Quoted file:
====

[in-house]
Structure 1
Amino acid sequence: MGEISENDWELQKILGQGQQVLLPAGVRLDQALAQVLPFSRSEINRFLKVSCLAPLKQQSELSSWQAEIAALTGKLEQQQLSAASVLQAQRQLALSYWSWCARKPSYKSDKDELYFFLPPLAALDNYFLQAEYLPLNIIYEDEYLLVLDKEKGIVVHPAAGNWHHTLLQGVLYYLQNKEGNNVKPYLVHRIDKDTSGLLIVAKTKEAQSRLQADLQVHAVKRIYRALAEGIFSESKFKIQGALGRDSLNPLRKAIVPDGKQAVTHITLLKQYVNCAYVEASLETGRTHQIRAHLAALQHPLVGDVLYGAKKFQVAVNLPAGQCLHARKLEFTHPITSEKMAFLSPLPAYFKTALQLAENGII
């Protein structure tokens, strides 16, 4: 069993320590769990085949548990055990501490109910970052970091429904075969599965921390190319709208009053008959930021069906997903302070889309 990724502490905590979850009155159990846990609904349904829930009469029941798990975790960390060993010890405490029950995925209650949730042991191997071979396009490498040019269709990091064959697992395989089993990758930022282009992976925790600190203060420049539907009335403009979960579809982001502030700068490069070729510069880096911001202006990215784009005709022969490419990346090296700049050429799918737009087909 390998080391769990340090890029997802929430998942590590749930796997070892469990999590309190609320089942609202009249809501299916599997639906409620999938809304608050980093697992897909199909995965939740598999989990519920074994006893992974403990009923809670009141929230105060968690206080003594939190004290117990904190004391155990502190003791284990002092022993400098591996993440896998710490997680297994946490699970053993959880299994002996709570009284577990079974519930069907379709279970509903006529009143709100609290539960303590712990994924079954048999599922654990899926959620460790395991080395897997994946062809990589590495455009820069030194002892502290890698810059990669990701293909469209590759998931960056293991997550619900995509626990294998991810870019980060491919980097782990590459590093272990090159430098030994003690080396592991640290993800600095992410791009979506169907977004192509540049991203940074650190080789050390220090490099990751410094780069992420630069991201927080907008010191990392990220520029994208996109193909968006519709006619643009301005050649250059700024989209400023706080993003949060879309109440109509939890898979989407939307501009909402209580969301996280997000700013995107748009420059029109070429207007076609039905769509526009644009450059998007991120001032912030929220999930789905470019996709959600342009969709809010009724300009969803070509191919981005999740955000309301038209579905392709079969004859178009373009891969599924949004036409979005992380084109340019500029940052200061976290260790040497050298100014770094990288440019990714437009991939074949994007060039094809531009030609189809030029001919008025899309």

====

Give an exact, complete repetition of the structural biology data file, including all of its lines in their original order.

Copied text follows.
[in-house]
Structure 1
Amino acid sequence: MGEISENDWELQKILGQGQQVLLPAGVRLDQALAQVLPFSRSEINRFLKVSCLAPLKQQSELSSWQAEIAALTGKLEQQQLSAASVLQAQRQLALSYWSWCARKPSYKSDKDELYFFLPPLAALDNYFLQAEYLPLNIIYEDEYLLVLDKEKGIVVHPAAGNWHHTLLQGVLYYLQNKEGNNVKPYLVHRIDKDTSGLLIVAKTKEAQSRLQADLQVHAVKRIYRALAEGIFSESKFKIQGALGRDSLNPLRKAIVPDGKQAVTHITLLKQYVNCAYVEASLETGRTHQIRAHLAALQHPLVGDVLYGAKKFQVAVNLPAGQCLHARKLEFTHPITSEKMAFLSPLPAYFKTALQLAENGII
């Protein structure tokens, strides 16, 4: 069993320590769990085949548990055990501490109910970052970091429904075969599965921390190319709208009053008959930021069906997903302070889309 990724502490905590979850009155159990846990609904349904829930009469029941798990975790960390060993010890405490029950995925209650949730042991191997071979396009490498040019269709990091064959697992395989089993990758930022282009992976925790600190203060420049539907009335403009979960579809982001502030700068490069070729510069880096911001202006990215784009005709022969490419990346090296700049050429799918737009087909 390998080391769990340090890029997802929430998942590590749930796997070892469990999590309190609320089942609202009249809501299916599997639906409620999938809304608050980093697992897909199909995965939740598999989990519920074994006893992974403990009923809670009141929230105060968690206080003594939190004290117990904190004391155990502190003791284990002092022993400098591996993440896998710490997680297994946490699970053993959880299994002996709570009284577990079974519930069907379709279970509903006529009143709100609290539960303590712990994924079954048999599922654990899926959620460790395991080395897997994946062809990589590495455009820069030194002892502290890698810059990669990701293909469209590759998931960056293991997550619900995509626990294998991810870019980060491919980097782990590459590093272990090159430098030994003690080396592991640290993800600095992410791009979506169907977004192509540049991203940074650190080789050390220090490099990751410094780069992420630069991201927080907008010191990392990220520029994208996109193909968006519709006619643009301005050649250059700024989209400023706080993003949060879309109440109509939890898979989407939307501009909402209580969301996280997000700013995107748009420059029109070429207007076609039905769509526009644009450059998007991120001032912030929220999930789905470019996709959600342009969709809010009724300009969803070509191919981005999740955000309301038209579905392709079969004859178009373009891969599924949004036409979005992380084109340019500029940052200061976290260790040497050298100014770094990288440019990714437009991939074949994007060039094809531009030609189809030029001919008025899309």